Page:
Migration is the seasonal movement between habitats. For mule deer this is typically the biannual movements between high elevation summer range and lower elevation winter range. Not every mule deer is migratory, as some remain on their range year-round 7. Migration is typically prompted by changes in food availability and weather 8. Migration routes can be well over 100 miles in length, and function not only as travel corridors, but also as important foraging habitats 9. The longest documented mule deer migration is over 240 miles from winter range in the Red Desert of Wyoming to summer range near Island Park, Idaho. During migration, mule deer use a series of ‘stopovers,’ which allows them to maximize energy intake along their migration route 10. It is believed that mule deer learn migration routes from their mothers, and typically follow that same route for the rest of their lives 11.


Mule deer populations have a history of fluctuating through time 1. Before the West was settled by early pioneers, little is known about mule deer abundance but it is generally accepted that during the 1800’s mule deer numbers were at or below recent numbers 1. The factors adversely affecting mule deer populations today include habitat loss and fragmentation, poor forage quality, drought, severe weather, competition with other ungulates, predation, disease, and poaching 2. Among ecoregions there are diverse environmental and climatic conditions, therefore each ecoregion presents different challenges to mule deer populations 1. For example, in the Southwest Desert ecoregion, drought is a serious concern and water availability is a key factor affecting mule deer populations. However, in the Northern Forest ecoregion, severe winters causing winterkill is often the most important factor impacting mule deer populations. A common thread among all ecoregions is habitat loss and fragmentation, which is commonly cited as the single greatest cause for declines in mule deer populations 12. To find current information on how mule deer populations are doing in your state, see the most recent rangewide status report published by the Mule Deer Working Group13.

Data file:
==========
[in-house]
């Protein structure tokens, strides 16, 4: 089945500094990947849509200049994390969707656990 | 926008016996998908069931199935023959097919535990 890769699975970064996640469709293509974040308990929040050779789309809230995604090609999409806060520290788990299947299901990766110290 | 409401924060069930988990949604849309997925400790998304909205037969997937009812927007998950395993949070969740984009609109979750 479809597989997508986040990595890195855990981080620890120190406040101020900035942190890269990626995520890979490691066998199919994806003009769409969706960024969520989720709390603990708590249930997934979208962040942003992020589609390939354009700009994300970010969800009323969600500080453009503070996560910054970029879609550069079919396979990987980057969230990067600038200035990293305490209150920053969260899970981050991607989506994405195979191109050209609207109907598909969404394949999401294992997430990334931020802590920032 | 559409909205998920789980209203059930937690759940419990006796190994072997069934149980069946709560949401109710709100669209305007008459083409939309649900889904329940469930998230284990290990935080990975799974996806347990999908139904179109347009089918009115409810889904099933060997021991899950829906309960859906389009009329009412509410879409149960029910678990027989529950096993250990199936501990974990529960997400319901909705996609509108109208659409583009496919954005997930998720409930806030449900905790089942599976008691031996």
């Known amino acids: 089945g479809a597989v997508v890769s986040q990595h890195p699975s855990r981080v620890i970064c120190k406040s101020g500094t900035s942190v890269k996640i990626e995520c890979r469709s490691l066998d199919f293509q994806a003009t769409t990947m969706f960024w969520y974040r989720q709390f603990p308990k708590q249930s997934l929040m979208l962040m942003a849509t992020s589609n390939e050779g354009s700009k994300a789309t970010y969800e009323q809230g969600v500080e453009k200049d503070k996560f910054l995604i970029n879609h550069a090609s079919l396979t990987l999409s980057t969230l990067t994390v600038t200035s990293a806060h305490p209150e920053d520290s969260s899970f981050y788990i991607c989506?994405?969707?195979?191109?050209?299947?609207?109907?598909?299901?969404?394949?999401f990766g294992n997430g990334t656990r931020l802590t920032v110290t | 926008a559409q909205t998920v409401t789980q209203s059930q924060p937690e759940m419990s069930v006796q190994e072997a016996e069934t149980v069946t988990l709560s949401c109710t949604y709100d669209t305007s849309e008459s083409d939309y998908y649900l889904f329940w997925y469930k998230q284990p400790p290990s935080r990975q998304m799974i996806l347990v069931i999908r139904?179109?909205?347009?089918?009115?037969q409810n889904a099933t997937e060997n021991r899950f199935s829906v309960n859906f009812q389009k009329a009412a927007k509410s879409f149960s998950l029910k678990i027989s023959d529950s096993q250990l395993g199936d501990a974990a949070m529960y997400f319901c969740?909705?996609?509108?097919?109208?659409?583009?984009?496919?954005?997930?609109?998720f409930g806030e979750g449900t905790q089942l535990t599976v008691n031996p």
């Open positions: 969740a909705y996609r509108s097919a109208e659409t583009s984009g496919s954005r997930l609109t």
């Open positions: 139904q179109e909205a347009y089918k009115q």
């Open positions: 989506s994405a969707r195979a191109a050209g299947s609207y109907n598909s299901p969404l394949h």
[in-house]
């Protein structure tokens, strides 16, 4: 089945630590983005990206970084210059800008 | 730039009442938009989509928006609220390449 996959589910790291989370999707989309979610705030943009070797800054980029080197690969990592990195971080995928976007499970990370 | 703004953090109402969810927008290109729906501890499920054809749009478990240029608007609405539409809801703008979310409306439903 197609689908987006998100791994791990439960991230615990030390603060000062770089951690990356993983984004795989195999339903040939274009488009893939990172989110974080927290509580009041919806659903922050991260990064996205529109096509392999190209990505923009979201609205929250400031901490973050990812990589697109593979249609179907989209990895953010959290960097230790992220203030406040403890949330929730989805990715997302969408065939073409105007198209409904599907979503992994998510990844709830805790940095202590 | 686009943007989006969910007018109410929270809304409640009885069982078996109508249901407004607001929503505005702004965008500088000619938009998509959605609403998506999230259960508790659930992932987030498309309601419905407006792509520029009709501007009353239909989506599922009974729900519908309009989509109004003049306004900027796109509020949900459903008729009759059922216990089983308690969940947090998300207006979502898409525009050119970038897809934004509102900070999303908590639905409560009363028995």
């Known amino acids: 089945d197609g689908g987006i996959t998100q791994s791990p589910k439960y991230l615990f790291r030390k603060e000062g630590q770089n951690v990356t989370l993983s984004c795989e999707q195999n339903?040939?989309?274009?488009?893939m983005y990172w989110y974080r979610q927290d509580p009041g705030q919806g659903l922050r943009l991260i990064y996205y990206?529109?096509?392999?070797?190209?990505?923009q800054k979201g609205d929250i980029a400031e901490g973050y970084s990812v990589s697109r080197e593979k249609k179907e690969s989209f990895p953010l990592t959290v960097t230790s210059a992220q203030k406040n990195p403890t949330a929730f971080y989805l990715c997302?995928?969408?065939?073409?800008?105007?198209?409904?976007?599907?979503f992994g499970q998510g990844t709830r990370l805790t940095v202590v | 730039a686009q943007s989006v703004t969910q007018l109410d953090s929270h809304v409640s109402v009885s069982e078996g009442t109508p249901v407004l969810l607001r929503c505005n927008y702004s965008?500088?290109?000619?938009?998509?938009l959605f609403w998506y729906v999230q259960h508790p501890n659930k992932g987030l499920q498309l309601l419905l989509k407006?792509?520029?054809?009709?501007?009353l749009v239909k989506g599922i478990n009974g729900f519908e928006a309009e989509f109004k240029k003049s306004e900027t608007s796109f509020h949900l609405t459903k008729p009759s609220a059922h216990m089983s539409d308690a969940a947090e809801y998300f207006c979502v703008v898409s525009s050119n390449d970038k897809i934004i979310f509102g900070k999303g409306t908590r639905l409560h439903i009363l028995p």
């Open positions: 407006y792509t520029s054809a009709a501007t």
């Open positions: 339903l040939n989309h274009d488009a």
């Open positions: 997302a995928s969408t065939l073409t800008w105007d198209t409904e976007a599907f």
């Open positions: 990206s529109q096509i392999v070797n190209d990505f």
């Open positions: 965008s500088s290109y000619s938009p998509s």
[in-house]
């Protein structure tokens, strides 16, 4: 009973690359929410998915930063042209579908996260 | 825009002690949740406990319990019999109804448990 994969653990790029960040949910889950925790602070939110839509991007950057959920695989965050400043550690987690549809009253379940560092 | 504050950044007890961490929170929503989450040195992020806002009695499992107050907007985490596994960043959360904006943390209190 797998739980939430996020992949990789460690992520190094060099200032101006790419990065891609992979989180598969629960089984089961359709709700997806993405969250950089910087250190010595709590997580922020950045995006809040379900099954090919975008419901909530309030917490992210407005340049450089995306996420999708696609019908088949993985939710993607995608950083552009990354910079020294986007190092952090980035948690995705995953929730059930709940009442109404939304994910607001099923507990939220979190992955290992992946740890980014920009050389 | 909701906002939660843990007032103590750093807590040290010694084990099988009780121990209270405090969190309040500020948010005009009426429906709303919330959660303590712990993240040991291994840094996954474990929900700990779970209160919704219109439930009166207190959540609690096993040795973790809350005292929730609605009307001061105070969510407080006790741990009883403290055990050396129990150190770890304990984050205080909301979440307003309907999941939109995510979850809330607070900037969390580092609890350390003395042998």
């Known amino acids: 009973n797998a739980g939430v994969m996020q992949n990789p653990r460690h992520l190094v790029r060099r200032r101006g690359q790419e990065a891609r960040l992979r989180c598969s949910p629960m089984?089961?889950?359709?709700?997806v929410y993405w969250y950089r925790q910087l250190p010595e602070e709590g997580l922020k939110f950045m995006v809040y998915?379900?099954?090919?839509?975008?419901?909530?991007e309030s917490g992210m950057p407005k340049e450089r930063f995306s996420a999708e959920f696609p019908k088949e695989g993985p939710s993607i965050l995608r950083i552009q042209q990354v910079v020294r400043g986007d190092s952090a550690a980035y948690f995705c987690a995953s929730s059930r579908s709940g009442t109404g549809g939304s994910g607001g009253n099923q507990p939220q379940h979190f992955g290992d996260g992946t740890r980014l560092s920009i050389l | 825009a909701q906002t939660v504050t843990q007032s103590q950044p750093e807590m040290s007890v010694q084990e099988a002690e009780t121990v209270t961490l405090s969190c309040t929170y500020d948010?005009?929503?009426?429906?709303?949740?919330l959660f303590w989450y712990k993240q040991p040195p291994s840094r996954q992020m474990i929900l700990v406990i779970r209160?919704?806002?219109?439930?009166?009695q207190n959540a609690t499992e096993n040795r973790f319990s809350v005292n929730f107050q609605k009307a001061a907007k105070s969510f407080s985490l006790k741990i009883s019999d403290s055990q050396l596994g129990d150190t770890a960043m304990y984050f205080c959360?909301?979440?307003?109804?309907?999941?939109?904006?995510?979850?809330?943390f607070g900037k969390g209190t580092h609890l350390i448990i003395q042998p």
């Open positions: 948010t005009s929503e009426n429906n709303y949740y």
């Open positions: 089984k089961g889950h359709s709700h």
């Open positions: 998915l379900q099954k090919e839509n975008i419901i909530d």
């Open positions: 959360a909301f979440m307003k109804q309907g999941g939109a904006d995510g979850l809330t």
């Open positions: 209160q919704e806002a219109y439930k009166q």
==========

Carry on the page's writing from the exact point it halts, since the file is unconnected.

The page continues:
Mule deer are one of the most economically and socially important animals in western North America, enjoyed by millions of hunters and wildlife viewers annually1. The challenges facing mule deer now and into the future are many. Effective mule deer conservation begins by becoming familiar with the specific challenges and opportunities facing individual populations. Solutions to these challenges include habitat restoration, invasive species management, and wildlife-friendly fencing—solutions that make a real difference for mule deer. Groups like MDF are committed to sustaining our western deer populations by ensuring quality habitat in the areas deer need on a daily, seasonal, and yearly basis. MDF also encourages and supports responsible, science-based wildlife management with government agencies, private organizations, and landowners. MDF has long been a supporter of the WAFWA Mule Deer Working Group, which is established to find solutions to common mule deer management problems and to optimize research and management in the western states and provinces. Working together to tackle these large conservation issues, the future for mule deer is bright.


1     deVos, J. C., Conover, M. R. & Headrick, N. E. Mule Deer Conservation: Issues and Management Strategies.  (Berryman Institute Press, 2003).

2     Mule Deer Working Group. North American Mule Deer Conservation Plan. (Western Association of Fish and Wildlife Agencies, 2004).

3     Nelson, J. et al. Habitat Guidelines for Black-tailed Deer: Coastal Rainforest Ecoregion. (Mule Deer Working Group, Western Association of Fish and Wildlife Agencies, 2008).

4     Heffelfinger, J. Deer of the Southwest.  (Texas A&M University Press, 2006).

5     Monteith, K. L. et al. Life-history characteristics of mule deer: Effects of nutrition in a variable environment. Wildlife Monographs 186, 1-62, doi: (2014).

6     Aikens, E. O. et al. Wave-like Patterns of Plant Phenology Determine Ungulate Movement Tactics. Current Biology 30, 3444-3449.e3444, doi: (2020).

7     Berg, J. E., Hebblewhite, M., St. Clair, C. C. & Merrill, E. H. Prevalence and Mechanisms of Partial Migration in Ungulates. Frontiers in Ecology and Evolution 7, doi:10.3389/fevo.2019.00325 (2019).

8     Monteith, K. L. et al. Timing of seasonal migration in mule deer: effects of climate, plant phenology, and life-history characteristics. Ecosphere 2, art47, doi: (2011).

9     Sawyer, H., Middleton, A. D., Hayes, M. M., Kauffman, M. J. & Monteith, K. L. The extra mile: Ungulate migration distance alters the use of seasonal range and exposure to anthropogenic risk. Ecosphere 7, 1-11, doi:10.1002/ecs2.1534 (2016).

10   Sawyer, H. & Kauffman, M. J. Stopover ecology of a migratory ungulate. Journal of Animal Ecology 80, 1078-1087, doi:10.1111/j.1365-2656.2011.01845.x (2011).

11   Jesmer, B. R. et al. Is ungulate migration culturally transmitted? Evidence of social learning from translocated animals. Science 361, 1023, doi:10.1126/science.aat0985 (2018).

12   Mule Deer Working Group. Mule Deer: Changing Landscapes, Changing Perspectives. (Western Association of Fish and Wildlife Agencies, 2002).

13   Mule Deer Working Group. Range-Wide Status of Black-Tailed and Mule Deer. 46 (Western Association of Fish and Wildlife Agencies, 2021).